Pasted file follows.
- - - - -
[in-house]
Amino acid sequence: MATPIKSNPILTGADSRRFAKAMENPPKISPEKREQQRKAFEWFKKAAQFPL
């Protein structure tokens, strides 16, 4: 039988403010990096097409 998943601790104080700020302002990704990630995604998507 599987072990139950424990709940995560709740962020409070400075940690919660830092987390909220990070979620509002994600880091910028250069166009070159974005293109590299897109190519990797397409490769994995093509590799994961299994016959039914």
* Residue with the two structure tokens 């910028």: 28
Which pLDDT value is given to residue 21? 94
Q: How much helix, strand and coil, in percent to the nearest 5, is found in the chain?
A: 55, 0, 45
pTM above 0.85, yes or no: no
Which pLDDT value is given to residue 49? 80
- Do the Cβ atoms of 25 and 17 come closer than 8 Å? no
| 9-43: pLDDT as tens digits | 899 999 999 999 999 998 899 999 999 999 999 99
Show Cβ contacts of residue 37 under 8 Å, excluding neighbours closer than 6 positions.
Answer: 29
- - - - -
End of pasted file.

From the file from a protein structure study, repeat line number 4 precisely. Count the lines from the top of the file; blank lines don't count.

* Residue with the two structure tokens 């910028």: 28